You’d be forgiven for thinking that we’d reached peak vampire. It seemed, for a while, that the last word had been said on this pop-cultural obsession. The dawn was in sight, and we were all looking forward to being able to down stakes and watch something sunny for a change.

You hadn’t bet on Ana Lily Amirpour’s debut feature, the stunning A Girl Walks Home Alone at Night, which made its Australian debut at ACMI this week.

“I hate death,” says Amirpour. “I don’t like the idea of old age, and I don’t like the way it looks either. I never have. I hated E.T. as a kid. I think the E.T. was an old man. I don’t feel comfortable with death and the decay of the body. Vampires don’t die. They cheat death and get to stay here.”

What Amirpour does feel comfortable with is talking about movies. In our short conversation, she manages to turn the conversation to E.T., Francis Ford Coppola’s Rumble Fish and Back to the Future.

A Girl is a hard film to describe because it’s so unusual. It’s about a vampire, of course, but it’s set in Iran—not a country widely known for its Gothic tradition. It’s an American film, but it’s spoken entirely in Farsi. It’s part fairy tale, but it’s shot in brooding black and white and takes its visual cues more from Jim Jarmusch than Tim Burton. Tangled up with the vampire element is a story of a depressed Iranian town, dominated by crime and the vista of distant oil mines. We see economic disparity, drug addiction and desperation long before any fangs emerge.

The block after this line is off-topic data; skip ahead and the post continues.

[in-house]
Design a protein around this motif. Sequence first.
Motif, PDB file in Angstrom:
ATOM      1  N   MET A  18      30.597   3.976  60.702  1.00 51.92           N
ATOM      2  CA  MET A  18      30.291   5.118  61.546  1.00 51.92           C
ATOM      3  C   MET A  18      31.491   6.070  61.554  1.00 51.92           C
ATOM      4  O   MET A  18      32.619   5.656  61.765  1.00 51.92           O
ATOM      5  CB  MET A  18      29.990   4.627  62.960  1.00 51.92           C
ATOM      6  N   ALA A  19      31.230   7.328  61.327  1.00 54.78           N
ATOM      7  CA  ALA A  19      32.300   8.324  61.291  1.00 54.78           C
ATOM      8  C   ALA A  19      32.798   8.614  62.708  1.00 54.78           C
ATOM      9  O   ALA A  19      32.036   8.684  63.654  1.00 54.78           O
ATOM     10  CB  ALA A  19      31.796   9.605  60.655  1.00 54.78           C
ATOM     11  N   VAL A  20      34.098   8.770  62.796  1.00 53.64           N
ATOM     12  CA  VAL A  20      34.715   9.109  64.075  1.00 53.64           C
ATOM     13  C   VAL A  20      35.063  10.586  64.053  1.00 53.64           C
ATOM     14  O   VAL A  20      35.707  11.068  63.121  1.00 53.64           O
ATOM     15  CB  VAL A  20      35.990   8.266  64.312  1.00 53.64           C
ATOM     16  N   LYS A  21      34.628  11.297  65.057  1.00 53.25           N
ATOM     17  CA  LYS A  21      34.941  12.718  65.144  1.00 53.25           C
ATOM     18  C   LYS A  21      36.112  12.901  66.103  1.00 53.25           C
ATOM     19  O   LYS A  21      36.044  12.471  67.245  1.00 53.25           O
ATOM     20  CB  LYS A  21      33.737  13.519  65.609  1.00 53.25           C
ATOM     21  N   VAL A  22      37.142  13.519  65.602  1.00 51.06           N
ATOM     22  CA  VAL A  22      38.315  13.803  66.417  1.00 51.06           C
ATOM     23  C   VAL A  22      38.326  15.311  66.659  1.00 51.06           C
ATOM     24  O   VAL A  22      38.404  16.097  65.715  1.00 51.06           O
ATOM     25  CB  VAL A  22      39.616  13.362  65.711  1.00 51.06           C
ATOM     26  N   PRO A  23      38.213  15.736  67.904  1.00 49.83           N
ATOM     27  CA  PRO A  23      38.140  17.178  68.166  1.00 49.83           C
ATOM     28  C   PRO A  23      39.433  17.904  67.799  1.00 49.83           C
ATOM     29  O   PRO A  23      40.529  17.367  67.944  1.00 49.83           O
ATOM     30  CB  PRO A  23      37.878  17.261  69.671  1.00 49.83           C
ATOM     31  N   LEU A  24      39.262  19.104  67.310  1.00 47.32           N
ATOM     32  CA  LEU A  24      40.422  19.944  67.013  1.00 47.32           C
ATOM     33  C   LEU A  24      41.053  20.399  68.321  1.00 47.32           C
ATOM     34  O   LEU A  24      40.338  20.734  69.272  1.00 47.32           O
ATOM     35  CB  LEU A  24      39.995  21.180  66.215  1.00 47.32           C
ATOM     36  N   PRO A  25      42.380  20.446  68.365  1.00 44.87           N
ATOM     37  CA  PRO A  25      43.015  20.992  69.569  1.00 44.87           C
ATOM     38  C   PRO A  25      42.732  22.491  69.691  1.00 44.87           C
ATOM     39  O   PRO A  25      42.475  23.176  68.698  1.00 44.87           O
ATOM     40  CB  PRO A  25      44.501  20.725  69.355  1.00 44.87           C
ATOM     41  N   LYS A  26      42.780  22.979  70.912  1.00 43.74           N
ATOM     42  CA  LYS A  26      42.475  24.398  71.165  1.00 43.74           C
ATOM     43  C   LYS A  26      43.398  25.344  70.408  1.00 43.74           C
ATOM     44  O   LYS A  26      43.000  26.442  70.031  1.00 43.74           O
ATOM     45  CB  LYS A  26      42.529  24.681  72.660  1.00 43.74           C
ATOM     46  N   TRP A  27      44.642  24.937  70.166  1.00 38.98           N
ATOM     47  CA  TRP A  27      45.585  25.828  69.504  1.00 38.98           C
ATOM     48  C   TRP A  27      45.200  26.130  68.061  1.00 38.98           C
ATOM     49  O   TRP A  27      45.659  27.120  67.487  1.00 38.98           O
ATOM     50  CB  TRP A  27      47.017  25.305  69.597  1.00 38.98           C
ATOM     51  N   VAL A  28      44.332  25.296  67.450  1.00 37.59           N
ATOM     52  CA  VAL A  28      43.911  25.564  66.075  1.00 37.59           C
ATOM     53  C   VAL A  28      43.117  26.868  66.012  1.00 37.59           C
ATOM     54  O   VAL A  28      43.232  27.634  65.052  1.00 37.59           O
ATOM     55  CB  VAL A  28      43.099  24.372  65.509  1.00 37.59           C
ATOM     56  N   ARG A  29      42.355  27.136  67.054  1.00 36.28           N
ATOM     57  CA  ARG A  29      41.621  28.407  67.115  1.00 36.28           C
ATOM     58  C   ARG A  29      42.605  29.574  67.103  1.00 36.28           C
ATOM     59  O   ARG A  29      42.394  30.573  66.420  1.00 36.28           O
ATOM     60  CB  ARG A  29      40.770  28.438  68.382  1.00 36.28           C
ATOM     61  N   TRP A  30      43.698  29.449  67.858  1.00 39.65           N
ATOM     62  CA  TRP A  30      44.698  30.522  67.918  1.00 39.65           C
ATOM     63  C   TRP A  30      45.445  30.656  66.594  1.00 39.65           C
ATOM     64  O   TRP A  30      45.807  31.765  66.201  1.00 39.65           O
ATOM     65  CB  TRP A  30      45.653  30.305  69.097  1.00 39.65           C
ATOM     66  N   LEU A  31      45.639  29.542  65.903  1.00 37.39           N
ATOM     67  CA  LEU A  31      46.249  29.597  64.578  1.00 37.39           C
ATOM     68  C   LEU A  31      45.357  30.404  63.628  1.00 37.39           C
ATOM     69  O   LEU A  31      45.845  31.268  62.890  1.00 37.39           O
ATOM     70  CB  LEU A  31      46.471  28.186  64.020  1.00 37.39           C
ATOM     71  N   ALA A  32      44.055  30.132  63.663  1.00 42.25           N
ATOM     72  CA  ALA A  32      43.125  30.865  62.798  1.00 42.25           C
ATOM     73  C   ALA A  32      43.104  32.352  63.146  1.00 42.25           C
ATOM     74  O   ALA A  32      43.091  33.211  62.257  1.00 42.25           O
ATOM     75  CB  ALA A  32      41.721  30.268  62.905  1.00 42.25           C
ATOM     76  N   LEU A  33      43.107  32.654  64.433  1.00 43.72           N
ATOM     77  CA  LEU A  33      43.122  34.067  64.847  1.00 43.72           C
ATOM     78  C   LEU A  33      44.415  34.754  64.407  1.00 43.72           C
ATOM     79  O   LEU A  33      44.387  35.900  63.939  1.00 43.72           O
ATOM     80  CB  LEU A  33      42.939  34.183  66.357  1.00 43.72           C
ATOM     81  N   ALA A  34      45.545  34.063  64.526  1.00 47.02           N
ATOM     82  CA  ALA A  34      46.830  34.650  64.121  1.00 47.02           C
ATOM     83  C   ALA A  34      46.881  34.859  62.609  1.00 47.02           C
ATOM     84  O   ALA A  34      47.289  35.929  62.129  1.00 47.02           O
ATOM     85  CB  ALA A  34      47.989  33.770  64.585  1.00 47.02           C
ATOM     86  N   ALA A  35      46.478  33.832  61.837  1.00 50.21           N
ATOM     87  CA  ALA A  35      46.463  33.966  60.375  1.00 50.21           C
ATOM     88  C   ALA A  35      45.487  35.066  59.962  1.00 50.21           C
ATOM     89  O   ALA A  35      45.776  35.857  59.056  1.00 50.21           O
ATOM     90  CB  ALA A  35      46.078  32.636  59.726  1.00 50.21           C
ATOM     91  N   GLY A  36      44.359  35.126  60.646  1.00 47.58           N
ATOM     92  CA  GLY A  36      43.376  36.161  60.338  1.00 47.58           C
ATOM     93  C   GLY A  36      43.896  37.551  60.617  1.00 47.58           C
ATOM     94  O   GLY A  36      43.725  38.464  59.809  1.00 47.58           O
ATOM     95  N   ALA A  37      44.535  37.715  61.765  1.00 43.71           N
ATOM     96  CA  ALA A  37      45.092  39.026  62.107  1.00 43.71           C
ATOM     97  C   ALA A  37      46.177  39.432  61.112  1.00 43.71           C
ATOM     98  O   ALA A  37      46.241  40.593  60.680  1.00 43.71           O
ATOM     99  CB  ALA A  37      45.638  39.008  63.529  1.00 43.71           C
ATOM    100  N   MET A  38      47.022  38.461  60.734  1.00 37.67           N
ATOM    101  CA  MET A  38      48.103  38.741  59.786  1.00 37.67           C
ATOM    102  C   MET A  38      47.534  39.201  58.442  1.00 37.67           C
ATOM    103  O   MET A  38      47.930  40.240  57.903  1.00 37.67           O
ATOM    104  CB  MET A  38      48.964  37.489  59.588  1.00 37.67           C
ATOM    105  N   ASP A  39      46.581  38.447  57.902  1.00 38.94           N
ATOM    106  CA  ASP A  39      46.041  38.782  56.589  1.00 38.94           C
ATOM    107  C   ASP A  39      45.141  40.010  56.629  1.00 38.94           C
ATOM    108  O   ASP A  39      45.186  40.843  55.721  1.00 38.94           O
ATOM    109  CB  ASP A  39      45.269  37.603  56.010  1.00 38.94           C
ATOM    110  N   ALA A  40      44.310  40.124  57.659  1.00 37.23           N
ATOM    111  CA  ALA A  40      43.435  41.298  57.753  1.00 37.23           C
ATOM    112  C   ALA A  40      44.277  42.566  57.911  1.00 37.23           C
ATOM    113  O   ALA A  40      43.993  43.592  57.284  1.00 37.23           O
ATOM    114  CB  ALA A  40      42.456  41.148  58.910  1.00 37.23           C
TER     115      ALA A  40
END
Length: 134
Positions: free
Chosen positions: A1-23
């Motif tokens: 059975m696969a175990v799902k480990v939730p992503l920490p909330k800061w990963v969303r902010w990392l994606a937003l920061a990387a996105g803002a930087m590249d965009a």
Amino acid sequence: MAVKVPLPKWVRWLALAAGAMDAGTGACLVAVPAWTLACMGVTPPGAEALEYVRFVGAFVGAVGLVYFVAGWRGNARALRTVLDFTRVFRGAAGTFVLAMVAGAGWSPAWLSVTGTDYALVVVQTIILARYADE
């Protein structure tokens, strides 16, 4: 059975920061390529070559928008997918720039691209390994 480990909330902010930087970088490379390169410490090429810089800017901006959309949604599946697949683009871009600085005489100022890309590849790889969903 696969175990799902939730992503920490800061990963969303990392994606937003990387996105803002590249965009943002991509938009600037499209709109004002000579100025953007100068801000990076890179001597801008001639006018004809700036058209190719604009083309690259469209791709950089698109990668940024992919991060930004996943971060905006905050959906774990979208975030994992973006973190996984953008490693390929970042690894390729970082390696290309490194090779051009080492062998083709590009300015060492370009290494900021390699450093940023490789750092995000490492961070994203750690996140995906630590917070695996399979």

Suffice to say that it’s moving, sharp and completely unexpected. Likewise, Amirpour herself is a mix of many things. “I’m a stew,” she says. “I’m Iranian, but I was born in England. I had my puberty in Californian malls…”

It’s easy to get caught up in the film’s atmosphere and its genre trappings—but it’s not an exercise in style over substance. It’s the small microcosm of well-drawn characters that gives it real potency.

“I think what I’m most excited about is designing characters. We understand the world based on so many rules—the clothes you wear, the car you drive, where you live—but when you peel the layers back there are such strange things. Weird, secret things that contradict the outside system. That’s where I get excited. What you see is never what you get. This girl, on the surface, looks a certain way, but there are so many different things going on. I’m interested in the strange, weirdo stuff.”

Vampires, then, fit the territory. “Vampires have this loneliness, which I’m very close with. I like loneliness. I think loneliness gets misunderstood, and the vampire is the loneliest character of all.”

Horror cinema as a genre, I put to her, can be misunderstood. Along with science fiction, it’s often seen as lightweight and not capable of dealing with the big issues. This makes A Girl’s boldness and willingness to take itself seriously all the more refreshing. Amirpour is incensed by the idea that imaginative stories, and weird genre-cocktails like this one, can’t hold their weight.

“Look at Back to the Future,” she says. “For me, Back to the Future I and II are some of the most important films in my life. It became this pop culture phenomenon, but when [director] Robert Zemeckis was going around and pitching this movie, it was about a kid in the 1980s who goes back to the past and meets his mother and almost has sex with her. It’s really subversive. The idea’s crazy!”

Crazy ideas, to Amirpour, are the fun part, and the part that stays with you.

“There’s power—different kinds of power—in all different kinds of storytelling,” she says. “That’s what’s wonderful about it. Movies are just dreams. They’re limitless.”

A Girl Walks Home Alone at Night screens at ACMI from December 27 until January 26. More information here.